David Axelrod, who ran Obama’s winning presidential campaign in 2008, made a shrewd observation on Twitter:
It’s exactly right that as the underdog and challenger, Sanders is trying to differentiate himself from Clinton, to give people a reason to vote for him. Clinton, by contrast, is trying to suggest that she and Sanders agree on goals, but she’s more adept at achieving those goals. Clinton also doesn’t need to attack Sanders directly because she has many more surrogates in the party who will do that for her.
“We’re in vigorous agreement here,” Clinton said at one point. When Sanders suggested he and Clinton differed on expanding Social Security, Clinton responded, “I think it’s fair to say we don’t have a disagreement.” After outlining her policy of focusing on low-income seniors, she ended by saying, “We have no disagreement about the need to buttress Social Security, get more revenue into the program. ...I think we’re in vigorous agreement here. ...We’re going to end up in the same place.”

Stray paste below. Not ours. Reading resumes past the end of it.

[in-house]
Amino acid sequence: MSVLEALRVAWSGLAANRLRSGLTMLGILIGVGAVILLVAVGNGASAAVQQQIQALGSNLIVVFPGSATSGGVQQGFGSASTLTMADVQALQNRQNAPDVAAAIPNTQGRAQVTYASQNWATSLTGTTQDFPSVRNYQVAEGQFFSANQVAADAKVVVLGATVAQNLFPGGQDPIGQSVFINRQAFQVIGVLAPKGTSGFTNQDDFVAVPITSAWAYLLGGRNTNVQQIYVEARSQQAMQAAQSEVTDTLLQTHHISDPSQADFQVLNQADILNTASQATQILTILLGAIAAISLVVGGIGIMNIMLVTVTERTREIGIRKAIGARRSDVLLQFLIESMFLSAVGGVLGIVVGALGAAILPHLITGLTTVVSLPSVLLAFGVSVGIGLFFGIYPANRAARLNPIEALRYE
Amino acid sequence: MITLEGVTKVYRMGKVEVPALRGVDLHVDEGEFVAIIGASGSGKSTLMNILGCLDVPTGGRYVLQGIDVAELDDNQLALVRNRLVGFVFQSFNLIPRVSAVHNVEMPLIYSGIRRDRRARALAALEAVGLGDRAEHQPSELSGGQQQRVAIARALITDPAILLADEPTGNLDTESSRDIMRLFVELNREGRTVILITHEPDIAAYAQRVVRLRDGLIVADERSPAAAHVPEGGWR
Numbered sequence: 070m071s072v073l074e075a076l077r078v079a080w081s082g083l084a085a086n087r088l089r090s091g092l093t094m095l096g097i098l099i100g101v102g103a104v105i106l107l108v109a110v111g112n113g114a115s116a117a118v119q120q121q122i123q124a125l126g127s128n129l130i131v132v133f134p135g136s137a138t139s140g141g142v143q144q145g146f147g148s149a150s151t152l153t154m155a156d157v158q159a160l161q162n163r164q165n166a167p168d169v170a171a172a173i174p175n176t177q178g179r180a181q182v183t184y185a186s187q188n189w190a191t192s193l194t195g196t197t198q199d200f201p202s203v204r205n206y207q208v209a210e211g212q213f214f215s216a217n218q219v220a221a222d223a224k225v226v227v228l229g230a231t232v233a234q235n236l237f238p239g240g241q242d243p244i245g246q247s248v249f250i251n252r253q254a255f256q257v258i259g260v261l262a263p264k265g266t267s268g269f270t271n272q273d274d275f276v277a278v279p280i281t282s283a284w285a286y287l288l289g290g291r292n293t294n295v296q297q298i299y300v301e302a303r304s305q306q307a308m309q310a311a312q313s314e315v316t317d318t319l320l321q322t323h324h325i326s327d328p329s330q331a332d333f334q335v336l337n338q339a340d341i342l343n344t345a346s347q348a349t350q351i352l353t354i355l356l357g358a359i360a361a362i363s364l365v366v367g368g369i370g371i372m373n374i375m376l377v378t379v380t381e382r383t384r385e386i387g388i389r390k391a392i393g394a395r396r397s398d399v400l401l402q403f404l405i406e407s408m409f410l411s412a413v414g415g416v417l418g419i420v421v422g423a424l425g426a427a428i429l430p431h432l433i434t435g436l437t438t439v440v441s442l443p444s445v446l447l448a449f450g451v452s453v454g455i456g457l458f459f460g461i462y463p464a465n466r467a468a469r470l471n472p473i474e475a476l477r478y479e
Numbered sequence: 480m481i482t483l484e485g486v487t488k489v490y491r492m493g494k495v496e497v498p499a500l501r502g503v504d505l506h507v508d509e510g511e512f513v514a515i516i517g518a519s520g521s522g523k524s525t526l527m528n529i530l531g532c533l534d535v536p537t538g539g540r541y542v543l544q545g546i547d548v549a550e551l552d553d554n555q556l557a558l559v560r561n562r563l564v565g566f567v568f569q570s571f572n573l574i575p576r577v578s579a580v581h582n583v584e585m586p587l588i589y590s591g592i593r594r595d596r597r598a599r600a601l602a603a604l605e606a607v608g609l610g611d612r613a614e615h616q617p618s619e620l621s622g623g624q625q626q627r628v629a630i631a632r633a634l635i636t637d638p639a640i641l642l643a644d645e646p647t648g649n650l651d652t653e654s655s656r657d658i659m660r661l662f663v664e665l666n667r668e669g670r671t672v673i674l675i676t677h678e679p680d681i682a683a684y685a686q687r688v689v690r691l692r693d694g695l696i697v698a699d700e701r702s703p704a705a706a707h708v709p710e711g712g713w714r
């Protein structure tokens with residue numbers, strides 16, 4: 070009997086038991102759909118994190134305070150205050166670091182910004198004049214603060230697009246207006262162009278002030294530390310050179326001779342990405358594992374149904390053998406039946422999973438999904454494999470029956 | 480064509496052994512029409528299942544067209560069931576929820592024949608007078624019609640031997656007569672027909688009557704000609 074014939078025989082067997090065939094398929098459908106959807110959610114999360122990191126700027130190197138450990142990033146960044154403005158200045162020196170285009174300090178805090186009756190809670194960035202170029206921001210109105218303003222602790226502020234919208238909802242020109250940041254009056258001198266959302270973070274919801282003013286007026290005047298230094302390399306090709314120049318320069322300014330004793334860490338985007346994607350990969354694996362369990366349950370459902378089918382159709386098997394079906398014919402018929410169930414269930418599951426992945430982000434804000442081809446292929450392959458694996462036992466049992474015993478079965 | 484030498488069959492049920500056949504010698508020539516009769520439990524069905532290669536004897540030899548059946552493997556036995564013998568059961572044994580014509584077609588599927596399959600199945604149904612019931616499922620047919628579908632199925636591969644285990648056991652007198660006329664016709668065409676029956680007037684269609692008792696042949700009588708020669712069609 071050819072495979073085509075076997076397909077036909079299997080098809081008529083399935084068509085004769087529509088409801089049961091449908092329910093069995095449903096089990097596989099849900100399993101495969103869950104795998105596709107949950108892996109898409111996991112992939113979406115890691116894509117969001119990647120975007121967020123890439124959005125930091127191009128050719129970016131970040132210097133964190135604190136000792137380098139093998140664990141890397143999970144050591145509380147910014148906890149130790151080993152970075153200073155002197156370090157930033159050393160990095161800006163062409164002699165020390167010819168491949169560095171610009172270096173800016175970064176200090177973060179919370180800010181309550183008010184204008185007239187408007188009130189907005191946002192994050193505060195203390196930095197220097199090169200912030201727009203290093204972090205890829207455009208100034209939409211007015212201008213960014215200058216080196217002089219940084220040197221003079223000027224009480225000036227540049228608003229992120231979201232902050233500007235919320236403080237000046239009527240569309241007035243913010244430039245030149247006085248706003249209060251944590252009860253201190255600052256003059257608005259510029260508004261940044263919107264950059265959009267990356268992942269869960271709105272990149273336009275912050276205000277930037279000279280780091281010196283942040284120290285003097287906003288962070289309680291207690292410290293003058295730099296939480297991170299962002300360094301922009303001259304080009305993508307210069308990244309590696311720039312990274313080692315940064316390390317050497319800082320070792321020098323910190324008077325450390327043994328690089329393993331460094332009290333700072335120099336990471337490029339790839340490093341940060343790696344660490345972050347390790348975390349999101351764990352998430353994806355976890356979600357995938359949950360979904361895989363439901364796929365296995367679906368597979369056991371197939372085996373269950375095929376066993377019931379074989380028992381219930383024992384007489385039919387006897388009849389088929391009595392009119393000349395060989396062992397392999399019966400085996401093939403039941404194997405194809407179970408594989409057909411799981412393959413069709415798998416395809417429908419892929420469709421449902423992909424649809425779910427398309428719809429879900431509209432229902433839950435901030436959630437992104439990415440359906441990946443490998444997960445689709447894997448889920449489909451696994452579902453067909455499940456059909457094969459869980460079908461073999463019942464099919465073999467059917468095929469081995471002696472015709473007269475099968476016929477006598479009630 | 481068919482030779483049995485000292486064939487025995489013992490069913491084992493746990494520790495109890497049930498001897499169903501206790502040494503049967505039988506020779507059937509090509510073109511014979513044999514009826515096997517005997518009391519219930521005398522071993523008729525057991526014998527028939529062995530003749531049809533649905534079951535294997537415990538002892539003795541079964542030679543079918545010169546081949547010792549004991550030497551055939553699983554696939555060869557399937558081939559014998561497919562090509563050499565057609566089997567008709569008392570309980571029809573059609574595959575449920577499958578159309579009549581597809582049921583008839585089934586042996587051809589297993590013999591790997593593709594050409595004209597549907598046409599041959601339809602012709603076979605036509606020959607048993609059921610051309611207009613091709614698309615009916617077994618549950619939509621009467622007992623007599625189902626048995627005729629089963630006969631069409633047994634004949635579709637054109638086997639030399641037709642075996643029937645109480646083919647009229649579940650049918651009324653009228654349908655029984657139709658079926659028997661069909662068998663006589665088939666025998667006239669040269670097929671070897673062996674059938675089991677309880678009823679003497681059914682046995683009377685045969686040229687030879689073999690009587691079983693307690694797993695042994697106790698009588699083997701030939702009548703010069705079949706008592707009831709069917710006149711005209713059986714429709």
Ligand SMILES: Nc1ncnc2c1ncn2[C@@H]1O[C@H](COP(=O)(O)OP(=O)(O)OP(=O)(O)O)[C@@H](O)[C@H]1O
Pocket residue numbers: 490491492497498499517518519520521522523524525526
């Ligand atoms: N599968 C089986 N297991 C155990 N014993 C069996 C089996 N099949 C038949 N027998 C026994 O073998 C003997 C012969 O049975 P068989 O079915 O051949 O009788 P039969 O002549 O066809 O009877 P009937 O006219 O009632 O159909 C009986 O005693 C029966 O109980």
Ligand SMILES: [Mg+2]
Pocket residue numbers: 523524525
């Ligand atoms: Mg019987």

Sanders might have tried to provoke an argument, but Clinton was set on extinguishing his attempt to seem like an alternative.